Eighty per cent look set to close before Christmas
By Bejay Browne
DOZENS of restaurants and leisure facilities have closed their doors this week in Paphos, unsure of when, or if they will reopen, according to industry professionals.
“This week there has been a steep decrease in the number of establishments open in the district of Paphos. We will have to see if we have even 20 per cent remaining open before Christmas,” the president of the federation of restaurant/leisure owners Fitos Thrasyvoulou, told the Sunday Mail.
Even during the month of September, many places were only opening on Friday and Saturday evenings,” he said.
Also, shockingly, of the 1,200 or so restaurants and leisure facilities in Paphos, only around 700- 800 are legal and licensed and the remainder are unlicensed, he said.
“At the start of summer, most of the premises in Paphos old town were packed, and others saw this and opened up so quickly, even before they had a licence in place. They see the town busy and they all want to be there,” he said.
This has only compounded the problem as there are now too many cafes and eateries opening up “everywhere” with not enough customers to go around, he noted, adding that although Paphos old town was busy during the summer, the tourist area in Kato Paphos was a stark contrast.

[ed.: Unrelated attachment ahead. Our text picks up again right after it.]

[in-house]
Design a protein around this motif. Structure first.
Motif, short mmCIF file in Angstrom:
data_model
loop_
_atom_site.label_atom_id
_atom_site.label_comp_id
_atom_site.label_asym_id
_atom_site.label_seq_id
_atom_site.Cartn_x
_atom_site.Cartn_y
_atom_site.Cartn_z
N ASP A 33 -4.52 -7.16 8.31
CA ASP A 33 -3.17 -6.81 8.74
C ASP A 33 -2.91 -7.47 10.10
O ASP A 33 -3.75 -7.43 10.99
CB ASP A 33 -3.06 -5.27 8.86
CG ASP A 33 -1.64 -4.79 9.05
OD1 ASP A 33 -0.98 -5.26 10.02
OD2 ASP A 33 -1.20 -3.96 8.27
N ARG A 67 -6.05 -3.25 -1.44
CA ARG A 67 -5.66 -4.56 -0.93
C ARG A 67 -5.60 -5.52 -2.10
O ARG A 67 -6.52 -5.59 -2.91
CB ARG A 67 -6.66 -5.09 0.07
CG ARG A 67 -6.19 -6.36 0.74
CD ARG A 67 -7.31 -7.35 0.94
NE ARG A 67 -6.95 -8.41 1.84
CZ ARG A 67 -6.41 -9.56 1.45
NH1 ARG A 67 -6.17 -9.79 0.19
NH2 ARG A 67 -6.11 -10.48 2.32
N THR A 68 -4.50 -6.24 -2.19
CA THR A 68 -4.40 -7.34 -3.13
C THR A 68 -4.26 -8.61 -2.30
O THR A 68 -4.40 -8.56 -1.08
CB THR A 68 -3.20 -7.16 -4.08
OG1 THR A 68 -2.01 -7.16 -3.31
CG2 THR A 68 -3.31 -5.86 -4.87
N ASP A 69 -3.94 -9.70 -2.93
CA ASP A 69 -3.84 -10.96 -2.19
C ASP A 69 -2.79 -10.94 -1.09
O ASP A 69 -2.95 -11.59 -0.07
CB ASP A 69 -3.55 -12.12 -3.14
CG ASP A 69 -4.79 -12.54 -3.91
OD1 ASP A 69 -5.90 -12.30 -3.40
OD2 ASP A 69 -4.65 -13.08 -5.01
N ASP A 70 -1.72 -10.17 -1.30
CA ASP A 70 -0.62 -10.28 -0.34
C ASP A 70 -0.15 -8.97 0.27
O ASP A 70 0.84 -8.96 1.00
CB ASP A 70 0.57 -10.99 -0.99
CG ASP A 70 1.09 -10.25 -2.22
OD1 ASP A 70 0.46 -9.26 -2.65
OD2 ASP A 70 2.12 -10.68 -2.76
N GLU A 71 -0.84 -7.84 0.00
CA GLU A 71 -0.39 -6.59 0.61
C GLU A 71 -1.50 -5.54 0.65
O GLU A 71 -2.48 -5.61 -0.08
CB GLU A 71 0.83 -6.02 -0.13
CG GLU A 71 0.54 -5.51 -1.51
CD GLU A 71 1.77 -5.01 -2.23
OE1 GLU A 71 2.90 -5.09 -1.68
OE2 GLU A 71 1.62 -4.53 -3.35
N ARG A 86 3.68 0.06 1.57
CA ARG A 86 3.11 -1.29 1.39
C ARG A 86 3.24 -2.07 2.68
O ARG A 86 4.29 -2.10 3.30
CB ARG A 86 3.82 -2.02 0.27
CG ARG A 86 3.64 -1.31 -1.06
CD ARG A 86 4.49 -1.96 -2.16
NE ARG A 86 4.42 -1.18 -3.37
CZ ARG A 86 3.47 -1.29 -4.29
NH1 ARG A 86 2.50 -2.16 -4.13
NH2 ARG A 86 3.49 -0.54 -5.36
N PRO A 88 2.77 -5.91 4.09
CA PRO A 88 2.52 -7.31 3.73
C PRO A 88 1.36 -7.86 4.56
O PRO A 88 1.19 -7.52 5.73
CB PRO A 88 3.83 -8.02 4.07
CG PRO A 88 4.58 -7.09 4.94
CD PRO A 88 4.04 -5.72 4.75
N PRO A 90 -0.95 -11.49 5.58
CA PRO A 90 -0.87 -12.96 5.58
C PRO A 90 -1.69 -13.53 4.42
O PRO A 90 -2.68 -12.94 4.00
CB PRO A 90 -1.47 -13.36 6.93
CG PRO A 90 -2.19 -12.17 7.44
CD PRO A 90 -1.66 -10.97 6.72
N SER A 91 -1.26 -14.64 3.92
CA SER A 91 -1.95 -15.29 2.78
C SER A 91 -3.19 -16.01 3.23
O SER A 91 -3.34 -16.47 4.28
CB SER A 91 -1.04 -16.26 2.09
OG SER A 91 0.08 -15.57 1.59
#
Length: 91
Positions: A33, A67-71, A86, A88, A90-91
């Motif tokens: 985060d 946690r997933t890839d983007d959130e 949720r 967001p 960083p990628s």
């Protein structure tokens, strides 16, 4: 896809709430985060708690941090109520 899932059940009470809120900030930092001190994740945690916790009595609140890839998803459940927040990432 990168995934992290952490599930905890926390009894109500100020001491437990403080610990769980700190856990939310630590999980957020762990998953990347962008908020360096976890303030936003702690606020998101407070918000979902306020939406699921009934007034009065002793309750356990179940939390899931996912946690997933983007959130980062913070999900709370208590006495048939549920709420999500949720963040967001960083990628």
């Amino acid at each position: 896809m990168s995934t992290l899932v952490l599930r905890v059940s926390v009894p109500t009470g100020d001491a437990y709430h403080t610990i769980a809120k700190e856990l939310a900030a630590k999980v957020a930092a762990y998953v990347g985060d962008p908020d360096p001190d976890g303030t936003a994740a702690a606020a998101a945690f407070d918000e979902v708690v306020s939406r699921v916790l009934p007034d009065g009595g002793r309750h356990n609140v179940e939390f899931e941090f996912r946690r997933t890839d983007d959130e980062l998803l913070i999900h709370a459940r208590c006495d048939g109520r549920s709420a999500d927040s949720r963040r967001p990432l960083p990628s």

“The tourist area is all but finished this year, it has been terrible so far,” he said.
As coronavirus is still rampant in Europe, it is obviously making things more difficult for tourism, the federation head said, and finances have been decimated due to an almost non-existent income for many.
“Financially, we want the banks to give more time to pay and concessions to people with loans such as mortgages, until the end of 2021 We also want landlords to be more flexible as many businesses have been closed for most of the year and it’s a big problem, They own these businesses and have spent large amounts of money over the years investing in them and the premises,” he said.
The article Paphos restaurants fighting to survive appeared first on Cyprus Mail